The North Central Highlands, North Korea, Two years ago
Jason Randolph Scott woke, something startled him. He was alone and in total darkness.
Slowly he realized where he was although he couldn’t see two feet ahead of him. He’d lost track of time not caring anymore. He felt forgotten, alone. The perceived sensation of abandonment swept over him as it did day after day.
It was three years ago when he’d thought they’d discovered his identity; that of a spy working for the CIA while acting as a reporter for the New York Times newspaper.
Coming for him in his sleep, they dragged him away, beating him senseless. The Koreans struck, kicked and threatened his live-in girlfriend, a fellow reporter, Jenny Addams, when she tried to intervene on his behalf. He’d seen her all curled up in a fetal position on the floor bleeding and crying as they dragged him away.
With the air cool and moist, it was as if being in a cave down in some deep hole in the middle of nowhere, with no one to hear your screams. Every day they came, twice a day, sometimes more, as they’d tied his hands and feet and stretched him on the cold floor, naked. Then they would place a plastic tube down his mouth, filled it with water until he was near drowning. They’d wait a few seconds and start in again; always asking the same questions over and over:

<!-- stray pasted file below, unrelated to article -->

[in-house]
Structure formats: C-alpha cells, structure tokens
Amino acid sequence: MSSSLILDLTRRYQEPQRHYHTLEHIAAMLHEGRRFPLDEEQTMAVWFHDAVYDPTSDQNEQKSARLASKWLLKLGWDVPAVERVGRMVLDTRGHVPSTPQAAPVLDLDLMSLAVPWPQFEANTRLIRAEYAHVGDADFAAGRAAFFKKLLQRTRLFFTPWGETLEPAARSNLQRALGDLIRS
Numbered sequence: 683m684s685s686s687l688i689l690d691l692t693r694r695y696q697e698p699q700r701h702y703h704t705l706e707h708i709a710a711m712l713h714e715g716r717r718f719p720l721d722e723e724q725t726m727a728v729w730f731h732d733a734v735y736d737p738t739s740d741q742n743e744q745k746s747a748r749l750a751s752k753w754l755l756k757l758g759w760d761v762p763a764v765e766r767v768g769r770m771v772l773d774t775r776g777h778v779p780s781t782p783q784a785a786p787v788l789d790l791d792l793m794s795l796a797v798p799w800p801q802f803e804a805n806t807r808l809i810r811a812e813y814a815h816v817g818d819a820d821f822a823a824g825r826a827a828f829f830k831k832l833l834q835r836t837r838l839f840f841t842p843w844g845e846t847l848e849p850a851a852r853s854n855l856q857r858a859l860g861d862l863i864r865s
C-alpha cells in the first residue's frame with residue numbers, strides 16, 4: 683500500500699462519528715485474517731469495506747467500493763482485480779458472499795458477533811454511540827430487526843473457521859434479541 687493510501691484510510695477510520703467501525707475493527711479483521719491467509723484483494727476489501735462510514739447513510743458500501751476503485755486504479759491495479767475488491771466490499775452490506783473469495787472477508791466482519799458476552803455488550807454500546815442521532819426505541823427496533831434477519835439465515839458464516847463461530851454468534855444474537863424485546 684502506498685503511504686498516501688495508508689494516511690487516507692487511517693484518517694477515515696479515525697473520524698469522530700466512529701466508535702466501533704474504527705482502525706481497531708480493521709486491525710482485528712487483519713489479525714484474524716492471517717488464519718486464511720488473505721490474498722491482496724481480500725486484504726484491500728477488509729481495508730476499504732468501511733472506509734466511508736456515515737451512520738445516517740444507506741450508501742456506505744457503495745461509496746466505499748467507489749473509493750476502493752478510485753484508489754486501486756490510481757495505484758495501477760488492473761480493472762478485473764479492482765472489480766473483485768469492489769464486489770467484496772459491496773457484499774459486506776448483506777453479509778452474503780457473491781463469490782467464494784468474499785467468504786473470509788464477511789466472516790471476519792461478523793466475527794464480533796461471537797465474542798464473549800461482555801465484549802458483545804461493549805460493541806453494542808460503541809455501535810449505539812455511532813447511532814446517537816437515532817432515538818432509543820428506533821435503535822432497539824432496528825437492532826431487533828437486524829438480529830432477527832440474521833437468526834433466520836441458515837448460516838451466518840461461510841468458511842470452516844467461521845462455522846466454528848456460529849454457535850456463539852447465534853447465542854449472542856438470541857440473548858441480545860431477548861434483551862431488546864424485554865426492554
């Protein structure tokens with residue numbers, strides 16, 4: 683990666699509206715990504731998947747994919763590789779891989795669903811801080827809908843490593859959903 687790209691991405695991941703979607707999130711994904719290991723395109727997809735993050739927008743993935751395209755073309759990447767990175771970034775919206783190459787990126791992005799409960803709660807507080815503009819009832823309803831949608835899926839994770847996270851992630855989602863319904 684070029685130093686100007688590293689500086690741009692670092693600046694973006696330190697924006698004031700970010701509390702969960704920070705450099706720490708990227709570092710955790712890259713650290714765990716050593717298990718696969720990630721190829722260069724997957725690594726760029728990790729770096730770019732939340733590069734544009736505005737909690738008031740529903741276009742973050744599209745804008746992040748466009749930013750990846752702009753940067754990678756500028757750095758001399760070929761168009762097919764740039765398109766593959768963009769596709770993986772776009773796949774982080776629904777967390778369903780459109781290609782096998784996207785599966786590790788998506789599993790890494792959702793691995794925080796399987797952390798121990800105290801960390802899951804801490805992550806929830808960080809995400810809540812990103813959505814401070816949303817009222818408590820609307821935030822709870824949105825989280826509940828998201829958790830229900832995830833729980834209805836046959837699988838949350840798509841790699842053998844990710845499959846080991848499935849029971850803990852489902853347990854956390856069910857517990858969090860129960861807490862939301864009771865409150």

“Who do you work for?”
“What is your connection to the CIA?”
“What is your name?”
“Admit you’re a spy and we’ll let you go.”
Jason knew that last question was a barefaced lie!
They beat him senseless until he could only open an eye. Then clipping electrical leads to his hands and feet, an electrical current would flow through his body, always with the same effect—total blackout—which he always welcomed like a long-lost brother. The dungeon he had called home for the last three years was almost unbreathable. They’d beaten him over and over, compelled to confess time and time again to whatever they wanted.
Jason Randolph Scott was thirty-six when he died at the hands of his captors; never seeing the light of day.
In July, marking the three years of his captivity, they turned his body over to the Americans, during a prisoner exchange between the two countries.
His father Lieutenant General Thomas Randolph Scott, Deputy Commander, USEUCOM, received his son’s body at the DMZ and had it transported to their home in Texas, there vowing that someone would pay for his son’s death.
US Military in Germany and the White House along with the CIA did nothing to secure his release; General Scott had knowledge of who they were, although they knew the North Korean Government held his son as a spy against their state.